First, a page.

Quarantine

[This blog is dated March 23rd because of when it took place, but Sister Faulconer wasn’t able to write down all the details until she returned home].

Part of our food storage

The Monday I wrote the last blog post we left to buy two more weeks of food storage.  It was seriously difficult! The hard part is taking bags of heavy things home — you underestimate transportation to the grocery store until you don’t have any!  The bags ripped several times, we stopped to take a rest a couple times, and I bruised my shins with bagged cans. But it worked out! I am very grateful to be able to do food storage and not have to worry about going hungry.  I’m sure many here don’t have that luxury — there are a lot of street vendors (popsicles, corn, tapioca) and farmer’s market sellers here. I can’t imagine Covid-19 is helping them out. We went on splits with the sisters from Olinda.  Olinda is more than two hours from Goiana. We asked the bus driver three times to tell us where to get off. He said he would but didn’t! I stayed with Sister Ascanta in Goiana. She was trained by Sister Barros! I really want to see Sister Barros — it’s been a while already!  

Splits with the Sisters serving in Olinda

We switched back Wednesday morning.  Wednesday afternoon we got new rules — no more splits, no talking to senior citizens or pregnant people.  Sad that we couldn’t follow up with our investigators that are senior citizens at all, but we would also hate to get them sick.  When the phone rang we were afraid we would have to stay in quarantine. But since there were new rules we figured it would take at least several more days to get to full-on quarantine.  Nope. Thursday the district leader [missionary leader of a group of 6 missionaries] called us with rule clarifications. He started out by joking that we would be in quarantine. We believed him but it was a lie. Literally five minutes after that the zone leader [missionary leader of the larger group–about 30 missionaries] called us to say that we really were in quarantine.  We didn’t believe it!  

Quarantine in Goiana offered a good view of the cemetery

Quarantine is crazy.  We did studies like normal in the morning but just studied for as long as we wanted (and could stand it).  We learned a lot together — I love doing companionship study with Sister Ribeiro II. We spent more time studying, cooking, more studying, talking . . . repeat times infinity. That is all there is to do! I decided to read the Book of Mormon in quarantine. If you read 100 pages per day you can finish in just over five days!  Also we called Giovanna,* who was marked for baptism that Saturday. She is awesome and really wanted to get baptized. But a few minutes before the zone leader called us about quarantine, she called to say she couldn’t leave the house. That was too bad — baptisms were still allowed that Saturday, albeit with a ton of health precautions (us, her, the person who would baptize her, the branch president — six feet apart, face masks, hand sanitizer).  But unfortunately her dad didn’t feel good about that. But she is amazing and I am sure she will get baptized when Coronavirus blows over (hopefully it will blow over enough for her to get baptized soonish!).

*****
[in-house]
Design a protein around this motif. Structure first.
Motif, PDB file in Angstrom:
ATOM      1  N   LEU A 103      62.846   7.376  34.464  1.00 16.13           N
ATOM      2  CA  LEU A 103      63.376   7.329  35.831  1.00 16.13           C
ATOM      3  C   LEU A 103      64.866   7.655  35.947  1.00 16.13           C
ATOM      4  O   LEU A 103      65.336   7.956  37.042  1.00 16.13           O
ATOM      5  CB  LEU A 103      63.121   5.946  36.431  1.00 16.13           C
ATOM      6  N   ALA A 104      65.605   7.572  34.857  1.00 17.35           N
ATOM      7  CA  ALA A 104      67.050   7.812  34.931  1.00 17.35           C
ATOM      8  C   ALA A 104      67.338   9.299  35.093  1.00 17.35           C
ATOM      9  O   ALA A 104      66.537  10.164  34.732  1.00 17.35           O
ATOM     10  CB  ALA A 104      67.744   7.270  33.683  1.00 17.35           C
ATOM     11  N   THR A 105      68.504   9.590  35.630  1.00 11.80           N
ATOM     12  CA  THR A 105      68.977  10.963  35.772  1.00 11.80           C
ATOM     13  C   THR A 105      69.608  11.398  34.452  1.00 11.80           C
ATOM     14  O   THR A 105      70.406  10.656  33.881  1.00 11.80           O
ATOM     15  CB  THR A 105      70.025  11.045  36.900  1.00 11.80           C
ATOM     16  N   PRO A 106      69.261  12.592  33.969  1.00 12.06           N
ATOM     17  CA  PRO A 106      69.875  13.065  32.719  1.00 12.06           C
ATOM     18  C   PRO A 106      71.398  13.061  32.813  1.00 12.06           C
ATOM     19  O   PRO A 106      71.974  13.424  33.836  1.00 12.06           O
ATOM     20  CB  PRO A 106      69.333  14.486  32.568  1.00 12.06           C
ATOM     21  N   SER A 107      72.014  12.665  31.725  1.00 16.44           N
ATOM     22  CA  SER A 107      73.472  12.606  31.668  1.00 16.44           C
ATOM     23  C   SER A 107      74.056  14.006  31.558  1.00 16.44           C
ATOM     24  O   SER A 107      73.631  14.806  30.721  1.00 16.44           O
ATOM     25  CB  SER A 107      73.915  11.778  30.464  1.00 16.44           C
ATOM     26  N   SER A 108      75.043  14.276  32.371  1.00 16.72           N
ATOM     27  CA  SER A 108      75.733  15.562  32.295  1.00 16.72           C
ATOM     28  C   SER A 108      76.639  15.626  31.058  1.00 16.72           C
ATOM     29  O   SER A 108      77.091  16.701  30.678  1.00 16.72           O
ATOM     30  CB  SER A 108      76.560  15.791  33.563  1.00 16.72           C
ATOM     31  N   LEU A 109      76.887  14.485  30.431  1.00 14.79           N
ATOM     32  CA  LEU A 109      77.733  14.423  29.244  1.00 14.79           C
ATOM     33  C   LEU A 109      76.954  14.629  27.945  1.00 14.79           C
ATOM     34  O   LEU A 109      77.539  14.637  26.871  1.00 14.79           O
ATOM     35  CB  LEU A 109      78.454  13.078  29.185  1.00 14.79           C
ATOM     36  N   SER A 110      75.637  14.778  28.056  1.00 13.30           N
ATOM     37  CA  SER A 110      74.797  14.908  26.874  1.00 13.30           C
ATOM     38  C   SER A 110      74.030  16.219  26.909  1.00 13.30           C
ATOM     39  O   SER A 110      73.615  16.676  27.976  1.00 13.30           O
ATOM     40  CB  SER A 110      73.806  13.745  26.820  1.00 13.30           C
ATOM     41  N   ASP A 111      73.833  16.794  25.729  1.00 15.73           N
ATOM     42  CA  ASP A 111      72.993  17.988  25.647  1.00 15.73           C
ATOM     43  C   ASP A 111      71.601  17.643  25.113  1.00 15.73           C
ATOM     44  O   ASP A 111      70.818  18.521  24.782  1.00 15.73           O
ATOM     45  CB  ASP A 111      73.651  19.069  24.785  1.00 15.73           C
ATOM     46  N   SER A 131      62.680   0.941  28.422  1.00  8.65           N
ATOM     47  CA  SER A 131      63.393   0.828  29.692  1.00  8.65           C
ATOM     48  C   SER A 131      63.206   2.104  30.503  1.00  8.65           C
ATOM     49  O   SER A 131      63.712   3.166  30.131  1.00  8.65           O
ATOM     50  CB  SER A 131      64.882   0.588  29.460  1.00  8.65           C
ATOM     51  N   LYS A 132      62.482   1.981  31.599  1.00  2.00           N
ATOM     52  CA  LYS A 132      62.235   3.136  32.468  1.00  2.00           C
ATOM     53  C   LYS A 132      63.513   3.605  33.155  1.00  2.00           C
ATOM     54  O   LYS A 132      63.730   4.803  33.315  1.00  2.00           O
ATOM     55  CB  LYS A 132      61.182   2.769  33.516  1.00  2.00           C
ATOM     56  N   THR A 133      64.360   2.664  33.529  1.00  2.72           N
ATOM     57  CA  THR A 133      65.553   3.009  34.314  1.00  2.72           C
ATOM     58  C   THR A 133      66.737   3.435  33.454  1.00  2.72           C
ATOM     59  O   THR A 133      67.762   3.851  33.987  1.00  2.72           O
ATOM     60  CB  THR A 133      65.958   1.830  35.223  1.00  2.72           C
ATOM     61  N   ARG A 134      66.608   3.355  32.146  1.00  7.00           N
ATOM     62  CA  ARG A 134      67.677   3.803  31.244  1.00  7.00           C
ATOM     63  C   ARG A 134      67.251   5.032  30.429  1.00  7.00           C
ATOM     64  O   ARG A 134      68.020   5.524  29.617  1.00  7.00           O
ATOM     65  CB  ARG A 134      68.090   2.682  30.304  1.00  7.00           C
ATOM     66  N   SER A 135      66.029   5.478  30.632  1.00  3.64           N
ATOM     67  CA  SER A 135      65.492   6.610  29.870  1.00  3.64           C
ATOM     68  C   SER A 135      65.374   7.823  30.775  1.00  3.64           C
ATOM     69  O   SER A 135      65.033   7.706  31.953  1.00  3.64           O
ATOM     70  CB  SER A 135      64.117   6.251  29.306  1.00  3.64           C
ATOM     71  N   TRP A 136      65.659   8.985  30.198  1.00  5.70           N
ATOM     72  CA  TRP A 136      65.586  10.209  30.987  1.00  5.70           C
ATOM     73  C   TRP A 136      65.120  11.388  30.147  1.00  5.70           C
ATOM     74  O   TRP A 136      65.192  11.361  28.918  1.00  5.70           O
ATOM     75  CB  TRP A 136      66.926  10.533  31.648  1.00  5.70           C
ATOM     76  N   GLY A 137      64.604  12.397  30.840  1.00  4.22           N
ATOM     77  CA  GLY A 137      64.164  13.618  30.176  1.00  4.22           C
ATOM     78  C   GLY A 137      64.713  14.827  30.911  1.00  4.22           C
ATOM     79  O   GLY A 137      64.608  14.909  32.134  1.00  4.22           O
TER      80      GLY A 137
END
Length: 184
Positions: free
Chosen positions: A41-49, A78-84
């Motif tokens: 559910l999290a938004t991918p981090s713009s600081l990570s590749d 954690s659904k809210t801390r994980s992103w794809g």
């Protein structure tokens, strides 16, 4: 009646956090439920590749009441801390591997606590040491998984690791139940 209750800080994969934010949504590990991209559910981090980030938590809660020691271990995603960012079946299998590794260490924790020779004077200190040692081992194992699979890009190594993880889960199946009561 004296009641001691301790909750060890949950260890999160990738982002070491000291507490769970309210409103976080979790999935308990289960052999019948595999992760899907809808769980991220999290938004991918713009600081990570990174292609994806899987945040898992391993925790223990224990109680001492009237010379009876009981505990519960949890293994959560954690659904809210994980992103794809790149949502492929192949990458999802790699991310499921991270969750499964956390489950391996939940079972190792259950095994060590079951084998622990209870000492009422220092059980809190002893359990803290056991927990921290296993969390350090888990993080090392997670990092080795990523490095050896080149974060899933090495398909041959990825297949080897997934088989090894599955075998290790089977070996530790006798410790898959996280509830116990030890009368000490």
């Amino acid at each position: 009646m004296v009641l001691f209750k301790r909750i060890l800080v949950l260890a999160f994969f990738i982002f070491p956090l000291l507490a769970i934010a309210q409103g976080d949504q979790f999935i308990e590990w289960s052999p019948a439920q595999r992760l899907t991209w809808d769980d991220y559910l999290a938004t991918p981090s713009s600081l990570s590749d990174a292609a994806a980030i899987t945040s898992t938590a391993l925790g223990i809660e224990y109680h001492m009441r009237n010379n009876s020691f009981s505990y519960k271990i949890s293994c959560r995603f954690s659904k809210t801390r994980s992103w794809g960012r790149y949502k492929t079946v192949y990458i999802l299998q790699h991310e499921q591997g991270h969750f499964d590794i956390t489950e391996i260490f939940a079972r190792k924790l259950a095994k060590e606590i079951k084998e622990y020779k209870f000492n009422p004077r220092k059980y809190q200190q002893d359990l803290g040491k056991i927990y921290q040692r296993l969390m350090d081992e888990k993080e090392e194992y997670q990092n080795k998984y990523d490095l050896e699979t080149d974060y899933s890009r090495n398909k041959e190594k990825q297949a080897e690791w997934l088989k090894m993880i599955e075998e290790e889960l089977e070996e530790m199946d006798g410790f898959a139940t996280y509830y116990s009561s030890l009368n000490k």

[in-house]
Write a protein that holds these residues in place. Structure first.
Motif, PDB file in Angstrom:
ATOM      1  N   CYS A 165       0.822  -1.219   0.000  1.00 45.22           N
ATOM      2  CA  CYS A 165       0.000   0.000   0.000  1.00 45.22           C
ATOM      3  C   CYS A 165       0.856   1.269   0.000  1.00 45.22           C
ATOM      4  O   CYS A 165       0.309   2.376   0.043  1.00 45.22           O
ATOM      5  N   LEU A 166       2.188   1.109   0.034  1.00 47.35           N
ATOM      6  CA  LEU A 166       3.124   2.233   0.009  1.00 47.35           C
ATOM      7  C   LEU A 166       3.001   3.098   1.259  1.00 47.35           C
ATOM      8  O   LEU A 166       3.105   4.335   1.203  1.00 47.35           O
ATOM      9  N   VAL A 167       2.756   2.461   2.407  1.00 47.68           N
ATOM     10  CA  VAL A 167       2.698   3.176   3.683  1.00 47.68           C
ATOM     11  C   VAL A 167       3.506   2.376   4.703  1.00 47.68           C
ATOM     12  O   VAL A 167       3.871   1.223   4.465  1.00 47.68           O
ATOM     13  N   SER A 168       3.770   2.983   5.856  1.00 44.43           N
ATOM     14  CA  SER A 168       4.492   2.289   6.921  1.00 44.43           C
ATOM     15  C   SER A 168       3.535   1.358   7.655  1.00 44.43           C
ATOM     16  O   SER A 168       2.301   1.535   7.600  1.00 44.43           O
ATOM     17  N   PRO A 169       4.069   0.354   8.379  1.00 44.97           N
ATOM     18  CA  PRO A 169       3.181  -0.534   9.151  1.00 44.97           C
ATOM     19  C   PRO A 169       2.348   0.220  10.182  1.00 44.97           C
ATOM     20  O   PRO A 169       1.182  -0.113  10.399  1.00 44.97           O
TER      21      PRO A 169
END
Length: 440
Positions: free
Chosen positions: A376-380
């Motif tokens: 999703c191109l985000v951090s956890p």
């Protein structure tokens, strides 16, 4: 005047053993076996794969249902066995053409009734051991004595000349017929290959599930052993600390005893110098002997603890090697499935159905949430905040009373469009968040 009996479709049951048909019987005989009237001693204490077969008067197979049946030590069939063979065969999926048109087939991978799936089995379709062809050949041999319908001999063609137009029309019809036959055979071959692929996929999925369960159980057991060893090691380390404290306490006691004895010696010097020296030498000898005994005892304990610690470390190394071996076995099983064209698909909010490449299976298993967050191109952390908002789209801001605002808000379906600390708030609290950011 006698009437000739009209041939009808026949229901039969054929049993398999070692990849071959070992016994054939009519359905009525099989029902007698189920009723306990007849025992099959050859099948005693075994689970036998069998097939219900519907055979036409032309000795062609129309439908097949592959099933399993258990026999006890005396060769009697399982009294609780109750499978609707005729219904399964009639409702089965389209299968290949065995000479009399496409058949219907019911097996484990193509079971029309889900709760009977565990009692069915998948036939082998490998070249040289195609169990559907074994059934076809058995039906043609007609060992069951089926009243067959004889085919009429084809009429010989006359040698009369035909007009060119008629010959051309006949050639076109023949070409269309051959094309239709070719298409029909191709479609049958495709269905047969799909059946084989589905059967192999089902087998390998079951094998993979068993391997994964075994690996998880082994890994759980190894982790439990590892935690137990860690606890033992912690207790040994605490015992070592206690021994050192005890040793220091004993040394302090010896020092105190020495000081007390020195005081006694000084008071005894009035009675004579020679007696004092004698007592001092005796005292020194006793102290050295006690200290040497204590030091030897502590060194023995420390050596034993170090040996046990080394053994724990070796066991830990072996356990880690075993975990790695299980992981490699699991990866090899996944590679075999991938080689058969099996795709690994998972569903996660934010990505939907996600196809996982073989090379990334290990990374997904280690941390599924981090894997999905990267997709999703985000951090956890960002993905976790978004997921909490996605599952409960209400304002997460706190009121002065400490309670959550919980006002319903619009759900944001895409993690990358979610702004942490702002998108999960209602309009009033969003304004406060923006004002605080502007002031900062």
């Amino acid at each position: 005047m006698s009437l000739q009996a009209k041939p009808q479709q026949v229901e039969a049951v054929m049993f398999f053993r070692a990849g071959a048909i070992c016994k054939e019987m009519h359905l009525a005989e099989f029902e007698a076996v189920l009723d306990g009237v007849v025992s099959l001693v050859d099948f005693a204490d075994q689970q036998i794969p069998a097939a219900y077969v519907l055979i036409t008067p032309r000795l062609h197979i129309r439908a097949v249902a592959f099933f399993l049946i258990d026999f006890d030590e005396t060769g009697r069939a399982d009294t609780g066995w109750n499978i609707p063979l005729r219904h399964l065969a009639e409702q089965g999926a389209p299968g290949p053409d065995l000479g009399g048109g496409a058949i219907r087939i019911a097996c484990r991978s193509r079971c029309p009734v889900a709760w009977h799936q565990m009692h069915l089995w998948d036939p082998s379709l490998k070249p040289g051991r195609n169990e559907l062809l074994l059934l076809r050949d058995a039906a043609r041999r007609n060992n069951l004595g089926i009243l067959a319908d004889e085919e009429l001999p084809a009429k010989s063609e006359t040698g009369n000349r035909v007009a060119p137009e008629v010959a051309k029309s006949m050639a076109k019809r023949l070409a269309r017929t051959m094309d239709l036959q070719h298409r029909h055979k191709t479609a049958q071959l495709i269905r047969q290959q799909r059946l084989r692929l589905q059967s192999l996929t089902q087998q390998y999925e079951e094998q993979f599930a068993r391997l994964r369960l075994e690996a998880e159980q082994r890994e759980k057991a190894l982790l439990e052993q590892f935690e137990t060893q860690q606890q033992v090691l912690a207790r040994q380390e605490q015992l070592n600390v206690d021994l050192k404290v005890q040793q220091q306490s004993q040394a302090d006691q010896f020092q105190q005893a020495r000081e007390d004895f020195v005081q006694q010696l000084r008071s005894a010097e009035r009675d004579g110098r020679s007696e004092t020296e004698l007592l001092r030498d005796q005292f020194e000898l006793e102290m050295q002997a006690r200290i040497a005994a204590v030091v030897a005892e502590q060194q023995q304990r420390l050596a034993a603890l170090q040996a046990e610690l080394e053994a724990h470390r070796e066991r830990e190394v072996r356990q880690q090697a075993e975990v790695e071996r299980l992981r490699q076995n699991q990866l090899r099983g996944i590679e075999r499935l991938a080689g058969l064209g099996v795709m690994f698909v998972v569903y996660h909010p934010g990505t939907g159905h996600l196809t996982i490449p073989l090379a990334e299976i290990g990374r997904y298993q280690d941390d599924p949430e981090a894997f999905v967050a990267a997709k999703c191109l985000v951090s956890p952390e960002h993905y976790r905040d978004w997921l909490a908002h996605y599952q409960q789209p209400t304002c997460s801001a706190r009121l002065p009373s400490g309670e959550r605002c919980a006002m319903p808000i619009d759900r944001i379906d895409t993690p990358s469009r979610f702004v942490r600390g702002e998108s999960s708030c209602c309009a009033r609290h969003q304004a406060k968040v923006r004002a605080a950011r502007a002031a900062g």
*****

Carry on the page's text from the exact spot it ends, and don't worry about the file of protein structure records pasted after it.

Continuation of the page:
It was strange to go into quarantine already knowing I would leave the mission.  I had thought I would do contacts and lessons Sunday night knowing they would be my last — and then leave Monday.  But all of a sudden I had taught my last lesson and done street contacts for the last time without knowing it! We had been teaching Pedro.* We had stopped teaching him, but during the division (splits) he stopped on the street to talk to us so we went back. I hope he reads the Book of Mormon — he has promised to many times but never gotten around to it.  You can’t say God won’t show you the truth if you never experiment just reading the Book of Mormon and praying about it! It’s not that hard, but you do have to do it.

On Sunday at 10:30 pm we got a text that said all the foreign missionaries were going to leave the country.  It was sad. I am so grateful to have been able to serve a little over a year and a half as a full-time missionary.  But sad to miss even a little bit of it! And my heart hurt to think of all the other missionaries going home. It was hard to sleep! I know it must be hard for people who are going home early, and it’s hard to see so many missionaries going home and not feel that God’s work is stopping.  But I remembered this scripture from the Doctrine and Covenants, and then President Houseman sent a text with the same verse!

49 Verily, verily, I say unto you, that when I give a commandment to any of the sons of men to do a work unto my name, and those sons of men go with all their might and with all they have to perform that work, and cease not their diligence, and their enemies come upon them and hinder them from performing that work, behold, it behooveth me to require that work no more at the hands of those sons of men, but to accept of their offerings.

D&C 124:49

God just asks that we do what he says.  Sometimes he will call us to a mission for 1.5 or 2 years and then ask us to do change our plans or do something else.  We just have to work diligently, be obedient, and he will accept our best efforts.  

The works, and the designs, and the purposes of God cannot be frustrated, neither can they come to naught.

D&C 3:1

Covid-19 isn’t more powerful than our omnipotent Heavenly Father. His work doesn’t stop, even when thousands of missionaries go home. 

*Investigators’ names are changed to protect their privacy.

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